There is only one true key to lasting personal fulfillment and true intimacy with others – to be authentic. For when we are authentic we release our fears and step into being bona fide, and utterly vulnerable. We cannot experience true love and connection without also risking heartbreak and disillusionment. We must allow ourselves to be vulnerable, because when we shield ourselves from loss, rejection and disappointment, when we hide from sadness and despair, we also shut out opportunities for love, happiness, joy, acceptance and fulfillment. To be authentic is to be vulnerable, and to be vulnerable is to embrace the very essence of all that human life has to offer. How does one become more authentic? To be authentic is to strip away the layers of pretense we have adopted to please others. To be authentic is to abandon the senseless roles we play to meet the imagined expectations of society. To be authentic is to break free from the oppressive chains of guilt and shame that keep our awkward masks in place, that keep our glasses half empty and not half full. To be authentic is to be stripped bare of all our pretenses and stand proud in the bareness of who we really are. Once we rip off the disguise we assumed for others, the real person is revealed. There is no more putting on a show for the sake of others… and we are finally free!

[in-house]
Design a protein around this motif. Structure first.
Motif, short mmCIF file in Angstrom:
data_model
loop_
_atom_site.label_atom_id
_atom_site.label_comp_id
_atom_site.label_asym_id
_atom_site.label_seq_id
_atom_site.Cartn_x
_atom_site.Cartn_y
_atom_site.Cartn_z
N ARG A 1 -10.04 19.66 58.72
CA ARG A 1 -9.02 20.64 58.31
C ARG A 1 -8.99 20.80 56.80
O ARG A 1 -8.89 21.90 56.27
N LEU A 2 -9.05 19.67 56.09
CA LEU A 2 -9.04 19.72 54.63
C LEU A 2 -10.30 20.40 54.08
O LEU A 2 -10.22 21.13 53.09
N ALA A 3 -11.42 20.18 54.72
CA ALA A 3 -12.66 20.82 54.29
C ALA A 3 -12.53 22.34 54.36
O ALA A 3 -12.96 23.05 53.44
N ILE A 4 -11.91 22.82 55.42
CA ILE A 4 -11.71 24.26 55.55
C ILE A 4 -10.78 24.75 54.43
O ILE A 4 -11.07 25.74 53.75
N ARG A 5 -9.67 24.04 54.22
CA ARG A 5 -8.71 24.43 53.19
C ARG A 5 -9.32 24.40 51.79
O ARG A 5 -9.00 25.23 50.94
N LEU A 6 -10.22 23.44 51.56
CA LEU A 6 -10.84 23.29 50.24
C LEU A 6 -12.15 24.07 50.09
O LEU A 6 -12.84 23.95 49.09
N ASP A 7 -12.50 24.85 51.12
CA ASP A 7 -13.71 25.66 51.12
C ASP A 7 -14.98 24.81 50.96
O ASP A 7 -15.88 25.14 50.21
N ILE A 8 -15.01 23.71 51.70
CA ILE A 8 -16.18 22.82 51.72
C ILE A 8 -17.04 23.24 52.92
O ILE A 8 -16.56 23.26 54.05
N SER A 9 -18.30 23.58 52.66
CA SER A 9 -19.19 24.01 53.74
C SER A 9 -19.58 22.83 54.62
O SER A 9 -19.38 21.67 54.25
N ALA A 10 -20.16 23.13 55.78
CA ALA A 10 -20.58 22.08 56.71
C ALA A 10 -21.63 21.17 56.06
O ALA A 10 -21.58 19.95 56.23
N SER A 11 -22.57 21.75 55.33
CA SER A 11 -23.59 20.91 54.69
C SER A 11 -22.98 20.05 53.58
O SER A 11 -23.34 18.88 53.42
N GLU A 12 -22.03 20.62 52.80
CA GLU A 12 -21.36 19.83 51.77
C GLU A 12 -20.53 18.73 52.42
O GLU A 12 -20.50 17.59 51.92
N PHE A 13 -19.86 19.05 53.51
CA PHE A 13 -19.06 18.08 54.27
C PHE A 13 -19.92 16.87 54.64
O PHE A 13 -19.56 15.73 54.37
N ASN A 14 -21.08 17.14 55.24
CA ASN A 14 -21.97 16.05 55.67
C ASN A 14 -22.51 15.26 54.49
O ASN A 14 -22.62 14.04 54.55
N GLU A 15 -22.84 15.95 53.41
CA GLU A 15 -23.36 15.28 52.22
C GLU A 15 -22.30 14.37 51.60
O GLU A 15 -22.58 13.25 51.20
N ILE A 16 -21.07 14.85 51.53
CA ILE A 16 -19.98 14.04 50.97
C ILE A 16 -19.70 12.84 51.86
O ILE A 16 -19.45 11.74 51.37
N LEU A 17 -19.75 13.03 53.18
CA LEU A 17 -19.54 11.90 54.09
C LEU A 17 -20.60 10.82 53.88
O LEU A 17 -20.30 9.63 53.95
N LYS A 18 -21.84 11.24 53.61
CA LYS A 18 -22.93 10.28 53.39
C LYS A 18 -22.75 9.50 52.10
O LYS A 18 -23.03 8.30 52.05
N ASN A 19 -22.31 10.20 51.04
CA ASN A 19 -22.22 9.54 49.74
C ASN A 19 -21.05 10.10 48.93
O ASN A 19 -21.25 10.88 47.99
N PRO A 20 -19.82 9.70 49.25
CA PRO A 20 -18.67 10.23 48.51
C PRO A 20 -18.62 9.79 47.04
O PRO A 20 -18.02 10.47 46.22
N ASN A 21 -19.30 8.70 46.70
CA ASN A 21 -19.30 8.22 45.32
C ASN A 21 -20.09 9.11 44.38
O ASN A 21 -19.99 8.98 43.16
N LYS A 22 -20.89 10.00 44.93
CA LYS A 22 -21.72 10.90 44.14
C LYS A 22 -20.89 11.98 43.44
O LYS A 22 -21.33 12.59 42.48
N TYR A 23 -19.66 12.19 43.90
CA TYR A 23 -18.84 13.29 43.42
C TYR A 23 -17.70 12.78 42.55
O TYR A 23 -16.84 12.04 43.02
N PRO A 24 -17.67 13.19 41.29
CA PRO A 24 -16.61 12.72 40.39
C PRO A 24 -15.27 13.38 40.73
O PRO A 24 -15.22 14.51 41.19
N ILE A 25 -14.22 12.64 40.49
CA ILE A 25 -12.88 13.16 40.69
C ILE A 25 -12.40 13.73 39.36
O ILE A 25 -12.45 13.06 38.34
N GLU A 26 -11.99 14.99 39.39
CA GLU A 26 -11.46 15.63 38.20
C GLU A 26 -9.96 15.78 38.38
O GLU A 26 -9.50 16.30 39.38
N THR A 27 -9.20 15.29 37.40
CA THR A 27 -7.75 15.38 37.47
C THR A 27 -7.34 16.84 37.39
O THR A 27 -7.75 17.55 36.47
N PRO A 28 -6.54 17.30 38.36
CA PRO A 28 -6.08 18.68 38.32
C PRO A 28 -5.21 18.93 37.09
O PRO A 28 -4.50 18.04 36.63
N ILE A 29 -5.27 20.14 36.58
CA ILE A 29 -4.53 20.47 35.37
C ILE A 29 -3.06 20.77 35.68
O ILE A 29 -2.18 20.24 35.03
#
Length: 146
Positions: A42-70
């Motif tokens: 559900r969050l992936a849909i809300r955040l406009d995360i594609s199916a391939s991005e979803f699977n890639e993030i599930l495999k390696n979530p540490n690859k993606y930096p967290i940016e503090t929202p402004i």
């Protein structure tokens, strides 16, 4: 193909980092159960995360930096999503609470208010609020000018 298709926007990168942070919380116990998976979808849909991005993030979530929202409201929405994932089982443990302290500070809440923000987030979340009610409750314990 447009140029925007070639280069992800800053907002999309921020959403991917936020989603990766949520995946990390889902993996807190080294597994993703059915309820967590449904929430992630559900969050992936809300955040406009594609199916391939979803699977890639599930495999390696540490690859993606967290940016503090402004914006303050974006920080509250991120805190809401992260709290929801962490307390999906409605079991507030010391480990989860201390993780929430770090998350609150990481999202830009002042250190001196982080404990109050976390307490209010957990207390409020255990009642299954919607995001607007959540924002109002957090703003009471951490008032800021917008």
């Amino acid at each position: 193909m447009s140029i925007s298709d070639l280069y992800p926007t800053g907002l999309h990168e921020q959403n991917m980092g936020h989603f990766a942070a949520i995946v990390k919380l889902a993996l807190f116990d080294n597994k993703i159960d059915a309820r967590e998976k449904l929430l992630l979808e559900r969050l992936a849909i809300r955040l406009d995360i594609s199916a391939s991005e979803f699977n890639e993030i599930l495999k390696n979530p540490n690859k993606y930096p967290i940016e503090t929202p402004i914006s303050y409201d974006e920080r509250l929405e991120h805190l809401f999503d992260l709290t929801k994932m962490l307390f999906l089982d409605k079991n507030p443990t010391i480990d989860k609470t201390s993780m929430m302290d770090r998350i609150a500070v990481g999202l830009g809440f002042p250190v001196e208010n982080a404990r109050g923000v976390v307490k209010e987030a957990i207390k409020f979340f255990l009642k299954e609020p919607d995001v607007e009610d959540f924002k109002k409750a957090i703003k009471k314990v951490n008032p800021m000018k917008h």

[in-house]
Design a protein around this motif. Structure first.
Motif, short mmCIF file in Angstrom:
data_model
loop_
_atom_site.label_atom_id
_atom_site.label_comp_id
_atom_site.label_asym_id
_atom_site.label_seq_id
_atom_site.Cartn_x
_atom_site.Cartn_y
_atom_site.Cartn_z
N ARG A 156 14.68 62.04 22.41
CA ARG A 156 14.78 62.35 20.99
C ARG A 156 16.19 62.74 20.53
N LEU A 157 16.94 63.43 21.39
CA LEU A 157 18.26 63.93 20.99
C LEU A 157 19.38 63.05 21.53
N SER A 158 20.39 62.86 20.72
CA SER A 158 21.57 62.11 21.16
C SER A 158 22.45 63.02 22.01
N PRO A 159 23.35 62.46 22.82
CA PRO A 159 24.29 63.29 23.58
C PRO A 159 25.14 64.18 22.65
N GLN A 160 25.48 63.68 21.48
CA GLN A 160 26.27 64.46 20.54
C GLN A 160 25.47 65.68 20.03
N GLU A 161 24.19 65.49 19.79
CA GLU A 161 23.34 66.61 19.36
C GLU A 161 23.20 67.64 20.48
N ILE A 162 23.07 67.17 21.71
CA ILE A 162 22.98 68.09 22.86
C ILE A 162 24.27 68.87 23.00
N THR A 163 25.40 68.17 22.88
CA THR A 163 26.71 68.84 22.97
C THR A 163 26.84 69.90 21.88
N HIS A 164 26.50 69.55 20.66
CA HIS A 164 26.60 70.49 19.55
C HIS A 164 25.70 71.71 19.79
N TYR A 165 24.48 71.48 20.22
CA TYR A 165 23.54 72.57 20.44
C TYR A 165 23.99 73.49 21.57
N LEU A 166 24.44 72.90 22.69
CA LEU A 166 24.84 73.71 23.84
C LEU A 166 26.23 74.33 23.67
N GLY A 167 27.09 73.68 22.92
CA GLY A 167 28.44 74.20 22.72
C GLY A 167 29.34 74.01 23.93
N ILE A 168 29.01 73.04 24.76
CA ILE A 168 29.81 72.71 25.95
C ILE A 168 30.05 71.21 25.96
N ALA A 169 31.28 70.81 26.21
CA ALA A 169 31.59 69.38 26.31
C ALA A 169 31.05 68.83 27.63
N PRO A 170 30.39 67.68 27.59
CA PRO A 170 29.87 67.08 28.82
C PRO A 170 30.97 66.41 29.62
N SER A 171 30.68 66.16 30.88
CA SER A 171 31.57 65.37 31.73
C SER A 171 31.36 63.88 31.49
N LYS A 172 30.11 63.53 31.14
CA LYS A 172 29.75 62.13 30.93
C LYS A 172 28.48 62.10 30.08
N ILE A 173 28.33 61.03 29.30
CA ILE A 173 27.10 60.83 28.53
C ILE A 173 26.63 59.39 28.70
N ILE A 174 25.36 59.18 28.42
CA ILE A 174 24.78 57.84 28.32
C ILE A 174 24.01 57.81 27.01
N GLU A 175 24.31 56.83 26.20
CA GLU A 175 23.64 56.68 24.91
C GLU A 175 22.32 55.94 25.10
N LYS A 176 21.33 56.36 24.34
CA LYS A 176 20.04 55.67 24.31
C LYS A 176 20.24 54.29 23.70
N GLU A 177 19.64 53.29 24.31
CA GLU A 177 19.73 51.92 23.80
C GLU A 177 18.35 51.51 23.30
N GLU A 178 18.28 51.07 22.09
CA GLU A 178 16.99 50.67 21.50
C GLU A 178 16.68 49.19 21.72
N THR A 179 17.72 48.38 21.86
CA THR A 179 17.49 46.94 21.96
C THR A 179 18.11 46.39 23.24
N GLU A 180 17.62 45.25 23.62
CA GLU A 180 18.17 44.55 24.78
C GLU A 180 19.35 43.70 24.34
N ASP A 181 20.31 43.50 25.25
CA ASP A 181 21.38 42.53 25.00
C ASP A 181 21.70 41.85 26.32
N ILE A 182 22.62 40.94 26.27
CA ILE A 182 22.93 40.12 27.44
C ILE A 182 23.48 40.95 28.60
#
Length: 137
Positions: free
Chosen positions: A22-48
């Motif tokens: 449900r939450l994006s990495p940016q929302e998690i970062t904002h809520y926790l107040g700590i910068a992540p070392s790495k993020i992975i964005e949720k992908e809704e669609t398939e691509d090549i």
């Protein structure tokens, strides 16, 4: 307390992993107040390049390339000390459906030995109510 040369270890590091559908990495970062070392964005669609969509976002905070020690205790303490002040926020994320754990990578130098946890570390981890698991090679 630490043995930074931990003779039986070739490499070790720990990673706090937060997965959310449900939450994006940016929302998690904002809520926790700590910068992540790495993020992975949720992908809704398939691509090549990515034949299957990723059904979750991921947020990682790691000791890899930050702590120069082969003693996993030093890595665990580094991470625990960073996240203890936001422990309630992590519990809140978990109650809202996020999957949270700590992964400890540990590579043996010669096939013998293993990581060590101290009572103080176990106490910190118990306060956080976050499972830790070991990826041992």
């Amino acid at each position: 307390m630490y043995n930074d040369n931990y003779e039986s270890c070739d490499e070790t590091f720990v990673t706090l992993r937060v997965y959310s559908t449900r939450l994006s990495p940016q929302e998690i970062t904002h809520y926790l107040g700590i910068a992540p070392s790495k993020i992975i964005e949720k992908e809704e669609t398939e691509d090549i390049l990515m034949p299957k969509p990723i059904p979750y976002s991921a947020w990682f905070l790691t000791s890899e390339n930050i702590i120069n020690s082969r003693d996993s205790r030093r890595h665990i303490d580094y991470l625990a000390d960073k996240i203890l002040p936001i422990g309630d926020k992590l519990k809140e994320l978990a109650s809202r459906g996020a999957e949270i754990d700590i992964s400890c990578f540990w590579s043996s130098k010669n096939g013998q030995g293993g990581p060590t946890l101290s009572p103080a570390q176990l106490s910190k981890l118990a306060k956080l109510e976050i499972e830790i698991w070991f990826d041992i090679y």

If you put shame in a Petri dish, it needs three things to grow exponentially: secrecy, silence and judgment ~ Brené Brown